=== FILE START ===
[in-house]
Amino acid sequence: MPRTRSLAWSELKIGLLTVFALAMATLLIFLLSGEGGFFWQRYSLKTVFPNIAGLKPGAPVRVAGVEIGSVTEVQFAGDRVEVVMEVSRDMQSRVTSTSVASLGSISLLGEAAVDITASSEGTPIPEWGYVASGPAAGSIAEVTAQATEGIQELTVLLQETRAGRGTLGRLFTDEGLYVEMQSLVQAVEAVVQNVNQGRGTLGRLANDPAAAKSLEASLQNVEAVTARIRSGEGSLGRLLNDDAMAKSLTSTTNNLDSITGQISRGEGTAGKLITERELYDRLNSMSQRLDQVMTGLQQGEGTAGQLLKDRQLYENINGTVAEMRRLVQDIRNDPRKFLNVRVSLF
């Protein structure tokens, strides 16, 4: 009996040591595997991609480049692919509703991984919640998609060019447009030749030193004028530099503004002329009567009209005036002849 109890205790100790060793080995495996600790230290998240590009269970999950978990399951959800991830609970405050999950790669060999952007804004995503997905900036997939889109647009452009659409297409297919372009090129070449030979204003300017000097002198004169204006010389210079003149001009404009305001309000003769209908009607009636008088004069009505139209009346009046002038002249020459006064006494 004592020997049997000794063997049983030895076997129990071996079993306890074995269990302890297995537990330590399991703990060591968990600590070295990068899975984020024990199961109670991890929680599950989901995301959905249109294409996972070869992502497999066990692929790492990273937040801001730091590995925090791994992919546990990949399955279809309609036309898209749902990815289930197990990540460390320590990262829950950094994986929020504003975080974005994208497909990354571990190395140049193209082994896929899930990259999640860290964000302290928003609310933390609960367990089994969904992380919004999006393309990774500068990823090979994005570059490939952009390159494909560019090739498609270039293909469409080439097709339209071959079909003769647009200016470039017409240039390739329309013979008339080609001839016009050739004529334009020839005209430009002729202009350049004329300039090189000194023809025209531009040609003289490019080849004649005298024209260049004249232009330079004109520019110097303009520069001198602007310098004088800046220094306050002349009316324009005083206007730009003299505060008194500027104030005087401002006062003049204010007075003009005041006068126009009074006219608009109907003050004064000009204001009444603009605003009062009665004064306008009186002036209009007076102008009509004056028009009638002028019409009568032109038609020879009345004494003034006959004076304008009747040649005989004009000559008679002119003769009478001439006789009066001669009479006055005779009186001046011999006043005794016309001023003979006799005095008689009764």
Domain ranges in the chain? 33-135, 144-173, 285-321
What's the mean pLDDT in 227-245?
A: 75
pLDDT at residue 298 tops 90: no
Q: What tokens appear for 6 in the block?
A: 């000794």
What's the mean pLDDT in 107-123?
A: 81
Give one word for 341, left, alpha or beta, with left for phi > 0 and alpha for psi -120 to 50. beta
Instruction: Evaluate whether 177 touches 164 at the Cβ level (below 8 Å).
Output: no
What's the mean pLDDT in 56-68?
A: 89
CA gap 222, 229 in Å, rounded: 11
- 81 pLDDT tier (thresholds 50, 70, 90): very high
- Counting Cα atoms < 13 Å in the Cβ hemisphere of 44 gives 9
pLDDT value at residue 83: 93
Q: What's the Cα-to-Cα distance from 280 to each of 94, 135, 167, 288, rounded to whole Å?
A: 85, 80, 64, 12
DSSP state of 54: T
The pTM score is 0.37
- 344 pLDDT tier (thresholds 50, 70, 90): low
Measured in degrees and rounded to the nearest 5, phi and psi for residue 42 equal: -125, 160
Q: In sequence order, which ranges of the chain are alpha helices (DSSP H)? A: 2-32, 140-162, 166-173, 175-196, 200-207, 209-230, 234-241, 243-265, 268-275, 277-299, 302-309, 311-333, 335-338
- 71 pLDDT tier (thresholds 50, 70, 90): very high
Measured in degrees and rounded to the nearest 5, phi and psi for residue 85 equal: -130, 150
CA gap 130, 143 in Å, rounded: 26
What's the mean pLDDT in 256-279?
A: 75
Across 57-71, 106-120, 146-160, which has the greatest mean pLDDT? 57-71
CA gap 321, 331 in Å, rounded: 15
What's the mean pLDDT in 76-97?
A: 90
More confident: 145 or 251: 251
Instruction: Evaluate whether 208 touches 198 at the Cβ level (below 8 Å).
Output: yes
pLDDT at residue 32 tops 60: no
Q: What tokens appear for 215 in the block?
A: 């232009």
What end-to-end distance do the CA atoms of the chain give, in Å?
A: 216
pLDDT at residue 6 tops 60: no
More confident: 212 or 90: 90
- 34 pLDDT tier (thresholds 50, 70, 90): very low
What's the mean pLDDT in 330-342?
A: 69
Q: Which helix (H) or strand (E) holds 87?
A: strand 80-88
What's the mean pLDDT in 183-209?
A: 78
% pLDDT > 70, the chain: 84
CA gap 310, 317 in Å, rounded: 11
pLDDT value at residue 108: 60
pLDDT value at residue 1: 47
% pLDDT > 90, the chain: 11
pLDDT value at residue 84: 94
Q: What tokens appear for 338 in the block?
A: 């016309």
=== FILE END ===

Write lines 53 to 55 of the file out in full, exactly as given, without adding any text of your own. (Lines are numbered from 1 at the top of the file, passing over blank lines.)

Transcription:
A: 78
% pLDDT > 70, the chain: 84
CA gap 310, 317 in Å, rounded: 11